DAVID RUDISHA cruised to victory in the Great North CityGames to bring a record-breaking afternoon to a close.
The Kenyan double Olympic champion’s 57.69 over the rarely-raced 500m broke the world’s best time, as did Lynsey Sharp’s 1.06.62 in the women’s race.
British 400m athlete Martyn Rooney came third behind Rudisha with a national record 59.02, with perfect conditions on the banks of the Tyne providing the 25,000 spectators with a feast of top-class athletics.
Greg Rutherford continued his domination of CityGames events in the long jump, ending his season with 7.66m before swapping his spikes for sequins to take part in BBC One’s Strictly Come Dancing.
Meanwhile, there were wins for Laura Muir in the women’s mile, a national record for Desiree Henry in the women’s 150m, Danny Talbot in the men’s 150m, James Dasaolu in the men’s 100m, Jake Wightman in the men’s mile and David Omoregie in the men’s 110m hurdles to complete a great day at the office for British athletes in the first meeting on home soil since the Olympic Games in Rio, in which Team GB finished second in the medals table in their best Games since 1908.
Rudisha, who won 800m gold in 2012 and 2016, was the star attraction at the free-to-watch street athletics meeting where a 150m track was stalled alongside the Baltic in Gateshead – and the Kenyan 27-year old did not disappoint on his 500m debut.
The two-lap specialist matched Rooney step for step in the early stages, before easing away as road became track. Mark English stayed on Rudisha’s heels as Rooney fell back slightly, with the 23-year-old Irishman’s 57.91 a PB.
But it was Rudisha who took the plaudits on his first time on Tyneside.
“This was my first time over this distance so it was difficult to judge,” he said.
“I used the other 400m guys’ experience and took it from there.
“It has been fantastic to run here. There was less pressure on me today. It’s fantastic, it’s awesome to run in an event like this.
“To have athletics in the middle of a city is one of the greatest ideas.”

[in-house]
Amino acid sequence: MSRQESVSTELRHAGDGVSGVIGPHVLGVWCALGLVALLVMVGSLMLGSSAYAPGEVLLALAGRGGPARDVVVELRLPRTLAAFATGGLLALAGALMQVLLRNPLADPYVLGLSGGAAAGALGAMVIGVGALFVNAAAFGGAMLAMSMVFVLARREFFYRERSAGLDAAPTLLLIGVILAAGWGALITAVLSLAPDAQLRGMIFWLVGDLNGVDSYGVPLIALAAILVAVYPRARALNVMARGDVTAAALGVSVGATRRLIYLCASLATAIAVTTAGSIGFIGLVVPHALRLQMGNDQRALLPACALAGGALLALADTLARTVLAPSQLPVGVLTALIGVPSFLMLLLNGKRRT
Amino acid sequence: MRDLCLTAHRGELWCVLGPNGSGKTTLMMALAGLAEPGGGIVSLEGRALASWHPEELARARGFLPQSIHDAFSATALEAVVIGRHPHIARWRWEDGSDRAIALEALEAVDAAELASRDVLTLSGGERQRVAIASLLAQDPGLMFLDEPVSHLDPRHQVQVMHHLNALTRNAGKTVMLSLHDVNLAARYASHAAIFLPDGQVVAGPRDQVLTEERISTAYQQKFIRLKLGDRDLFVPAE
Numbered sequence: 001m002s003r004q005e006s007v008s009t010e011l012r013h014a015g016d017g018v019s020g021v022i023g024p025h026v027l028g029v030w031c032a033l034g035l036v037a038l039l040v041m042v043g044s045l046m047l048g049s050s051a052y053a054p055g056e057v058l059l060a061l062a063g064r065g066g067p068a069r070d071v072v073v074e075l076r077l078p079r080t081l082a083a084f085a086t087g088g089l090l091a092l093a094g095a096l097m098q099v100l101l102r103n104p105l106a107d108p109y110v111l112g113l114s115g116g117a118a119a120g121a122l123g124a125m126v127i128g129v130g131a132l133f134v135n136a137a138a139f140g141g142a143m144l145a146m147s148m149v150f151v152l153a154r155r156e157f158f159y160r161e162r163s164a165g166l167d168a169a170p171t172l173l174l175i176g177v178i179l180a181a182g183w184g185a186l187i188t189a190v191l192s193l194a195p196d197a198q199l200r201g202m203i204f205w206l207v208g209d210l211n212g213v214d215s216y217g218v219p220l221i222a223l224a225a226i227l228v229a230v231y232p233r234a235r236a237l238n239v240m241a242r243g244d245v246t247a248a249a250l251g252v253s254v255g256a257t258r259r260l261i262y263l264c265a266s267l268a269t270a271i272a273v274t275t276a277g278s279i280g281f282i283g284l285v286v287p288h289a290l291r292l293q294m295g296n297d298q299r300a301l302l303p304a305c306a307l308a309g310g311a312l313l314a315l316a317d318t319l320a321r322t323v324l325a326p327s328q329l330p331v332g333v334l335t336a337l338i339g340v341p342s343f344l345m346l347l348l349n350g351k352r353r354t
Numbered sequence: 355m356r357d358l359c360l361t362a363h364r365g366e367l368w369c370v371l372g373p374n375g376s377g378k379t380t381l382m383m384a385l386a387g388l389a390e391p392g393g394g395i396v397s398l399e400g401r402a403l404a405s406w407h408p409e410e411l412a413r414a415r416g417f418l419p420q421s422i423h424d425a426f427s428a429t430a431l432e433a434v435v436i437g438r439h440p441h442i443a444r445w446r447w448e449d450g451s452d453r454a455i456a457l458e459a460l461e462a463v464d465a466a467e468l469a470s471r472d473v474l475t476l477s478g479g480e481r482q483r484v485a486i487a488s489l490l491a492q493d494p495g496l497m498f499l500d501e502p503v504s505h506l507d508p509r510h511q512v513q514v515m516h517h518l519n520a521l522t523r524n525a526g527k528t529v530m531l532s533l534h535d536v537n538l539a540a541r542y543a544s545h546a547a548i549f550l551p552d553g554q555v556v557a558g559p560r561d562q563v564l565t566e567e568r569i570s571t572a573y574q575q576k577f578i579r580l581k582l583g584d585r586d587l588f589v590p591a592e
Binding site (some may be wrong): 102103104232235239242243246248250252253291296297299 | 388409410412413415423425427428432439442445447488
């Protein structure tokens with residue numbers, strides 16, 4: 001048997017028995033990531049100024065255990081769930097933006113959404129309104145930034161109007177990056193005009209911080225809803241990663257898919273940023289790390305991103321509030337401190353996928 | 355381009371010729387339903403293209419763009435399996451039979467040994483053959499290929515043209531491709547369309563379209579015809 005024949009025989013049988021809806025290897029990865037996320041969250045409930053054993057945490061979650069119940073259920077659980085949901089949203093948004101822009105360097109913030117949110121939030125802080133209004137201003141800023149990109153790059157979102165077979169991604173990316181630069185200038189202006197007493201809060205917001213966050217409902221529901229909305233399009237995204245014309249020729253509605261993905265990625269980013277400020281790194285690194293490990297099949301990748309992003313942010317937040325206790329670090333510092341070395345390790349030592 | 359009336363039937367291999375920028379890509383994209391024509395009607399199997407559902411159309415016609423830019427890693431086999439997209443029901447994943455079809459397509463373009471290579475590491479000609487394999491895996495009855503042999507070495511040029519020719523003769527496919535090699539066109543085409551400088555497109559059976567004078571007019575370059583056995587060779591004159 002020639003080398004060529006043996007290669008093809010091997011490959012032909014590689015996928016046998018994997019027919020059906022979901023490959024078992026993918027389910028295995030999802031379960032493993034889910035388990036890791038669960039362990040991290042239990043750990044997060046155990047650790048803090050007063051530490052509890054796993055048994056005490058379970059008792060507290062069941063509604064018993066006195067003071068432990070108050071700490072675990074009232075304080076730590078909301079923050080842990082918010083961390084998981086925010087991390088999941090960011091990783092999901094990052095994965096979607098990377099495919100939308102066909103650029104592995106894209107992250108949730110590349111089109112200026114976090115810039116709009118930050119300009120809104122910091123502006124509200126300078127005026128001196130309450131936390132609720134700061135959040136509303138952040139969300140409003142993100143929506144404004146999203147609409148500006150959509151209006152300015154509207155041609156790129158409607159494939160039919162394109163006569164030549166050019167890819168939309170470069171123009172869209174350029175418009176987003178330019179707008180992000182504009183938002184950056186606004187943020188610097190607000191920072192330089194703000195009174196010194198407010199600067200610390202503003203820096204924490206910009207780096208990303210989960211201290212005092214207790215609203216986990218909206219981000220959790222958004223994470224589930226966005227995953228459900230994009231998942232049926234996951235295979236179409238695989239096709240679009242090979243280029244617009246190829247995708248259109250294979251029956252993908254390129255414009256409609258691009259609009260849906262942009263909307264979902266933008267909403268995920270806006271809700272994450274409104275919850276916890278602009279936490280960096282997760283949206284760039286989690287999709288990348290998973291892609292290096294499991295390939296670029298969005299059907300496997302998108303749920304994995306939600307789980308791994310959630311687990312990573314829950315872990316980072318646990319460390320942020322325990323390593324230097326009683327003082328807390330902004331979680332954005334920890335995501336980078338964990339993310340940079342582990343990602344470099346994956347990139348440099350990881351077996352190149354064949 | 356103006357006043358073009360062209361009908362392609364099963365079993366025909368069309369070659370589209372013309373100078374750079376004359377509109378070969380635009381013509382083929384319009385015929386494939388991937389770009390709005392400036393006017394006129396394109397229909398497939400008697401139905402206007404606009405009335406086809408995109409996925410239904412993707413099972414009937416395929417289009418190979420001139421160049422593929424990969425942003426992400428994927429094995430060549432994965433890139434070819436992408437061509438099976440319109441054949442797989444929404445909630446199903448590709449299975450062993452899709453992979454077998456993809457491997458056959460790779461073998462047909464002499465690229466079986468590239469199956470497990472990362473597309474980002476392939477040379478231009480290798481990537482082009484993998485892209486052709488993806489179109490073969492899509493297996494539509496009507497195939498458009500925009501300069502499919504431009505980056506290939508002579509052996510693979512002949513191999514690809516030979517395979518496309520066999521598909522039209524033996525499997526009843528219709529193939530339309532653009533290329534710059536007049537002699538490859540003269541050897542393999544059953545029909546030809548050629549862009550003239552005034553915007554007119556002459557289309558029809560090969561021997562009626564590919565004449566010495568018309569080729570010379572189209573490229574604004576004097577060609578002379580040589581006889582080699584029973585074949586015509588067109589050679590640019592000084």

Sharp was the only female athlete to have competed over 500m and her experience showed as the Briton saw off Shelayna Oskan-Clarke to finish in 1.06.62. British teammate Anyika Onuora was third in 1.07.04.
Sharp said of her exploits: “I think I judged it better this time. The ramp from road to track was a bit of an obstacle but once I got on the track I knew I had it.
“I really wanted to win this – it’s a great way to end the season.”
Over on the Newcastle side of the river, Rutherford was well off the form that saw him achieve a CityGames record in Manchester – he jumped 8.20m in May – but the 29-year-old beat Lasa into second place, jumping 7.66 to seal victory.
Rutherford said: “The atmosphere was great here as always. More people seemed to be interested in Strictly than jumping, funnily enough. Hopefully there will be a crossover and more people can take an interest in long jumping.”
There was early drama for some of the athletes taking part, as those who were in Diamond League action on Friday night saw their 8am flight cancelled and were forced to make alternative plans to travel to the north-east of England.
The disruption did not affect Carina Horn adversely, as the South African – who had to catch a train to Newcastle from Brussels, ran 11.20 to see off American Barbara Pierre in 11.31 and British 4x100m bronze medal holder Asha Philip in 11.32.
Horn said: “It wasn’t the ideal preparation so I’m surprised I ran so well today. It was a great way to end the season.”
In the men’s mile, Wightman, overlooked for Rio 2016 selection, was a surprise winner ahead of Marcin Lewandowski, with Andy Butchart and Bernard Lagat finishing sixth and seventh respectively.
Wightman’s 4.05.70 was quick enough to see off Poland’s Lewandowski in 4.05.98 ahead of Australia’s Ryan Gregson in 4.06.21.
In the men’s 100m, it was a Battle of Britain as Dasaolu dipped CJ Ujah on the line to finish in 10.21 with Ujah 10.22 ahead of Ramon Gittens in 10.38.
In the women’s mile, Muir, who broke Kelly Holmes’ 12-year British record in the 1500m twice over the summer, finished her season in style with a gritty 4.33.99 on road and track to finish ahead of Alison Leonard in 4.34.42.
In the women’s 150m, Henry’s 16.57 was enough to seal the national record with the 21-year-old showing good form to end her season, ahead of American Natasha Hastings in 16.67 and Briton Jodie Williams in 16.80.
Talbot’s victory in the men’s 150m saw the 25 year old edge out Teesside Tornado Richard Kilty, in 15.06 and 15.07 respectively. American Wallace Spearmon was third in 15.19.
Tiffany Porter missed her opportunity to make it six CityGames victories on the spin, the Briton’s 12.97 finishing behind American Jackie Coward who won in 12.85. Cindy Roleder was third in 13.08.
In the men’s 110m hurdles, David Omoregie ran 13.75 to take the victory ahead of American Jarret Eaton in 13.84 and Briton David King in 13.94.
In the pole vault, Regine Kramer took victory with 4.15, with British vaulter Holly Bradshaw not placed after fouling at 4.45.